Anyway. Orphan: First Kill explores the story that saw how Esther transitioned from Estonia to America – a plot hole from the first film that bugged a few people. Apparently. The solution the film makers came up with was inspired – in part – but the real-life adoption case of Natalia Grace, herself a 22-year-old posing as a 9-year-old in a caper that was inspired, in part, by the original Orphan film! (Google it – what an Ouroboros world we live in).
So straight off the bat young (sic) Esther tries to inject herself into the lives of a wealthy American family (the matriarch of which is played by Julia Styles. Good to see her back on the silver screen after getting killed In The Bourne Forgettable in a scene that we THINK was supposed to have some sort of emotional resonance…?) And Esther does so by claiming to be this family’s long lost 10-year-old daughter (the real one having gone missing 4 years before) and thus ensues the usual shenanigans of her pretending to be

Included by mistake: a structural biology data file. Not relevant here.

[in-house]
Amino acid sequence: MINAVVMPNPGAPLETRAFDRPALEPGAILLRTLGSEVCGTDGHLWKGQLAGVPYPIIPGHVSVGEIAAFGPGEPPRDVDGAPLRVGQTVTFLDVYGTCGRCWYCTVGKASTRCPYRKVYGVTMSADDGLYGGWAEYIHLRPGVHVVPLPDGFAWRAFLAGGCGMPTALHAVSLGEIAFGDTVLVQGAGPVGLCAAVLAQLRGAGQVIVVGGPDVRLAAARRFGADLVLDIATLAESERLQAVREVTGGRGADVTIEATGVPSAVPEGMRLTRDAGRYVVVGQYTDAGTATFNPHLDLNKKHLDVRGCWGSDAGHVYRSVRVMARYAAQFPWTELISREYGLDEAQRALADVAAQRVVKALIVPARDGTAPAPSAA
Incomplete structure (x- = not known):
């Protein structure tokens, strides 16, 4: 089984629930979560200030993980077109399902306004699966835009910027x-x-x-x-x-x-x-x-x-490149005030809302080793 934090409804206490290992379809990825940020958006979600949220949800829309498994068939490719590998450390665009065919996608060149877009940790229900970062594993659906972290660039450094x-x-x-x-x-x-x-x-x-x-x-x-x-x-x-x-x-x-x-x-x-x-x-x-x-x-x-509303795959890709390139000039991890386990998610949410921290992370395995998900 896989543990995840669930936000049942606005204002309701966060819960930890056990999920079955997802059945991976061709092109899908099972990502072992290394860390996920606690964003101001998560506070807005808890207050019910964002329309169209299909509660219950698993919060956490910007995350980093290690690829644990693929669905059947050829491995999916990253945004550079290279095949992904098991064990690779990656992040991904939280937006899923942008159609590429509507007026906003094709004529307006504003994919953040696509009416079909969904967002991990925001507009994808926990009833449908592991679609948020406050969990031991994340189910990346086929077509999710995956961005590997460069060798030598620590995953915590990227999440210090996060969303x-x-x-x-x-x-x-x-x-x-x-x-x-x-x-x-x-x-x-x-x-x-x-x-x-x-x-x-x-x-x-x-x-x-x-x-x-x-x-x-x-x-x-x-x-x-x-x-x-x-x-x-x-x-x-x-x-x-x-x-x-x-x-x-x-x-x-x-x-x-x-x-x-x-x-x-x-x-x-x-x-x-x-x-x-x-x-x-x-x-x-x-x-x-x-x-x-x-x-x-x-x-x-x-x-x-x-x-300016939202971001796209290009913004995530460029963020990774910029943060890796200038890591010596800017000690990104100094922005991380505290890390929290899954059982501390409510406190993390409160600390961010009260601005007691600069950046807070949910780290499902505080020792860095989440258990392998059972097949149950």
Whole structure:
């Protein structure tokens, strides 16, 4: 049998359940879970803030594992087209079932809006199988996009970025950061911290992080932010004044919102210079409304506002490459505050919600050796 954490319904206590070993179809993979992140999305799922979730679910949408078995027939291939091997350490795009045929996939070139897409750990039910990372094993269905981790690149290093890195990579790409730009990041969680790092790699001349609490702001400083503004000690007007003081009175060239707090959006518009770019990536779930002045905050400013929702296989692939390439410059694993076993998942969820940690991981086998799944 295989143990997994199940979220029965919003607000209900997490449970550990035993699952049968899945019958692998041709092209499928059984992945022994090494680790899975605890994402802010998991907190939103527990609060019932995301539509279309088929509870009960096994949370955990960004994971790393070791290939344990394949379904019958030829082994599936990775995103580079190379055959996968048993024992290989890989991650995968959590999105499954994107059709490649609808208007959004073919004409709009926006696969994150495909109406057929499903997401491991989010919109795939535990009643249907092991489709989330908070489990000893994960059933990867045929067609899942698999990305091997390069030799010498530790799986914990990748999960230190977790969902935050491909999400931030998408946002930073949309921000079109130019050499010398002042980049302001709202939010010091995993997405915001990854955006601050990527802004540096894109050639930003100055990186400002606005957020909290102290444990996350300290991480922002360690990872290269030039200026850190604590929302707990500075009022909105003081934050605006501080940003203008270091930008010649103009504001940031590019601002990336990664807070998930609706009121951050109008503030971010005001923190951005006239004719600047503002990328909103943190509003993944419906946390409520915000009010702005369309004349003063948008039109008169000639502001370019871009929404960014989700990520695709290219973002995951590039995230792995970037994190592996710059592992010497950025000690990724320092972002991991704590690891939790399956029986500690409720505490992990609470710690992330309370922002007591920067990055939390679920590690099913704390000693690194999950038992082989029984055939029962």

something she isn’t. How? You may ask (if you don’t know…) Esther suffers from a genetic condition that roughly translates to “proportional dwarfism” meaning she can effectively play someone much younger than she actually is. Added to that, she has a healthy dose of psychopathy so killing in her own best interest/preservation is not a problem for her.
But here’s the thing. And indeed the problem with this type of film. This twist is not (or is no longer) a twist, because we, the audience, already know it. It’s what we here at Surgeons call The Zombie Paradox. For any storyteller trying to make a zombie TV show/movie, they have to contend with viewers who know what a zombie is, and the various associated rules in dealing with them. Which means straight off the bat the story is playing catch up with the watcher and not (as you would want) the other way round. But in the case of Orphan – the ENTIRE film hung off Esther’s strange, dangerous and Omen like behaviour. Is she the child of Satan? NO – she is really 33! Dun Dun Daaaah!
But if that wad is already shot, how do you go about making a prequel?